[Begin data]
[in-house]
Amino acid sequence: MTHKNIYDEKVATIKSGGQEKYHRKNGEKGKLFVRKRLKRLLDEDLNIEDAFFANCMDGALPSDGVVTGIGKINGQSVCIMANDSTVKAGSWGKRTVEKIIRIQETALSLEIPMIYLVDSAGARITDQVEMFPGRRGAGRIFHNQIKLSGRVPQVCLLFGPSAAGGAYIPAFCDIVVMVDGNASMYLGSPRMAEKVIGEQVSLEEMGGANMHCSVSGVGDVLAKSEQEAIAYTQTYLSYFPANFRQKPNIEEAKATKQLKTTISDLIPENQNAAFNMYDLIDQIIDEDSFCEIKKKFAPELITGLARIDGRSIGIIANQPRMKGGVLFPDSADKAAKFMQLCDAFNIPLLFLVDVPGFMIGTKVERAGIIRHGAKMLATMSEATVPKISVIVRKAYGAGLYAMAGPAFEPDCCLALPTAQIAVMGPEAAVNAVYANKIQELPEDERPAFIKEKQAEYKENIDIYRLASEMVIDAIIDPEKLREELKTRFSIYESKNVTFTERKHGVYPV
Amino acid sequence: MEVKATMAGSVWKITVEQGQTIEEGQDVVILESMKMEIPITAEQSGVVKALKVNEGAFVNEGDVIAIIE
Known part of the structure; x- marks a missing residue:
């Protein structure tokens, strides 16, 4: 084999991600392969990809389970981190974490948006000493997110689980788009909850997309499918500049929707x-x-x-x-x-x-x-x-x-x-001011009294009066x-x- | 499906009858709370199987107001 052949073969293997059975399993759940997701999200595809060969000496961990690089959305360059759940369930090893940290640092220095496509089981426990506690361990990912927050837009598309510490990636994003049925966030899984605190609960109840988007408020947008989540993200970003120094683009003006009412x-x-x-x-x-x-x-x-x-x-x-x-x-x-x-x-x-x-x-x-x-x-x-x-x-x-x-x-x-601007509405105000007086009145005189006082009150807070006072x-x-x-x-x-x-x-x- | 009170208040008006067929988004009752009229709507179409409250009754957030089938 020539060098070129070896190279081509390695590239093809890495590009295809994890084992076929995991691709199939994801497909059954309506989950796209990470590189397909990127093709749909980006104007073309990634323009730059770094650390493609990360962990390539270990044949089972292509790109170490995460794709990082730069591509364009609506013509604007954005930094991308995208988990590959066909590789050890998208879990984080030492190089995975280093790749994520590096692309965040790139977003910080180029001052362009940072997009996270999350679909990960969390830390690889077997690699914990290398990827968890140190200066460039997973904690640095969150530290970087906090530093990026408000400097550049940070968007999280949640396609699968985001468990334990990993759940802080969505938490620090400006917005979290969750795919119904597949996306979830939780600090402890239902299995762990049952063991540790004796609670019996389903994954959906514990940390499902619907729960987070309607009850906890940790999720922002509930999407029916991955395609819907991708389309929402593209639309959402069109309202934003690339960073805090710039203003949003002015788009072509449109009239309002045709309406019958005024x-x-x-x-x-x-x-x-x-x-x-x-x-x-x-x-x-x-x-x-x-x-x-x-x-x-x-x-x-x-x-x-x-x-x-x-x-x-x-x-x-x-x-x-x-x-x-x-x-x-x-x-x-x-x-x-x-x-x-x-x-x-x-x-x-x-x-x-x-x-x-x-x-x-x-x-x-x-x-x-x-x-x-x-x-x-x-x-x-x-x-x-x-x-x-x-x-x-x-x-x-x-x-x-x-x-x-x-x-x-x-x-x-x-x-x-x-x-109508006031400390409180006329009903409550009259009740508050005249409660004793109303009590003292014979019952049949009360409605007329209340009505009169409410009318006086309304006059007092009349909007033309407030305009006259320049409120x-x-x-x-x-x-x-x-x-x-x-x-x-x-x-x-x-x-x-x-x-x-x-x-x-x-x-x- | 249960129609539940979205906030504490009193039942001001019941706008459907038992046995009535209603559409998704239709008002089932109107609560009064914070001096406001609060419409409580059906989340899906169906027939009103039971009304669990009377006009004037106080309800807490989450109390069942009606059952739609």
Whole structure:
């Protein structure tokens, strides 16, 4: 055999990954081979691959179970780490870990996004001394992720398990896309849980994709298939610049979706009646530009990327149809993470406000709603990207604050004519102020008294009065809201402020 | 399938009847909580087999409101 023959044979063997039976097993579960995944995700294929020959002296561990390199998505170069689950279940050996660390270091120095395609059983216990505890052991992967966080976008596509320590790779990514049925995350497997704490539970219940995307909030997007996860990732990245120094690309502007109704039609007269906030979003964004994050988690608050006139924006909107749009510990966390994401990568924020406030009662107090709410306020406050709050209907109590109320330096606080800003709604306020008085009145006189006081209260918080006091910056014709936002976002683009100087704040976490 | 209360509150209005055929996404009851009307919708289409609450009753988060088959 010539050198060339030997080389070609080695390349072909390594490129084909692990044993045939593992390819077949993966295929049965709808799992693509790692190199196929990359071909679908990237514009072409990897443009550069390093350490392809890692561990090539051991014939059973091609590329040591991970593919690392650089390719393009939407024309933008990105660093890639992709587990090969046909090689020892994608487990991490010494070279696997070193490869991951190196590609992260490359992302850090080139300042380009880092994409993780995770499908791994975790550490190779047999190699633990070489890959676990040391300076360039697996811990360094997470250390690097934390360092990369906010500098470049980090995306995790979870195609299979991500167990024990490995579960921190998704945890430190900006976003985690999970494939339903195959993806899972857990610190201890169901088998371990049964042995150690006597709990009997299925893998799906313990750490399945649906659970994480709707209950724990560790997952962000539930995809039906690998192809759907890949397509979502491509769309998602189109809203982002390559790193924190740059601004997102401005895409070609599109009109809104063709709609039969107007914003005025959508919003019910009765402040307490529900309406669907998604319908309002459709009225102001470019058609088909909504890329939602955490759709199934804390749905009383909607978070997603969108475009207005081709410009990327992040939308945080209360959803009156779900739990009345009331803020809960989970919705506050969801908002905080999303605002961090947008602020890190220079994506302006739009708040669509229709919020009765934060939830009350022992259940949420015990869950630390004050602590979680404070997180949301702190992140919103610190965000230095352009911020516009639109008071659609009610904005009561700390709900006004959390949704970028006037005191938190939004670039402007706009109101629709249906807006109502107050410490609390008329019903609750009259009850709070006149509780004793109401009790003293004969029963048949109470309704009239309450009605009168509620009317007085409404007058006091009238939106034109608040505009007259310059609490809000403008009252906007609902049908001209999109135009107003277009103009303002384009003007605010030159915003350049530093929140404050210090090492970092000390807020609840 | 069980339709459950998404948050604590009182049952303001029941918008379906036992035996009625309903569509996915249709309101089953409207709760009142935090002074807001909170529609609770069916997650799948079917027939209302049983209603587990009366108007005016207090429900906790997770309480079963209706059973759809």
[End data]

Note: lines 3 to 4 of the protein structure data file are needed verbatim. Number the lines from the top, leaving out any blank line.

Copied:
Amino acid sequence: MEVKATMAGSVWKITVEQGQTIEEGQDVVILESMKMEIPITAEQSGVVKALKVNEGAFVNEGDVIAIIE
Known part of the structure; x- marks a missing residue: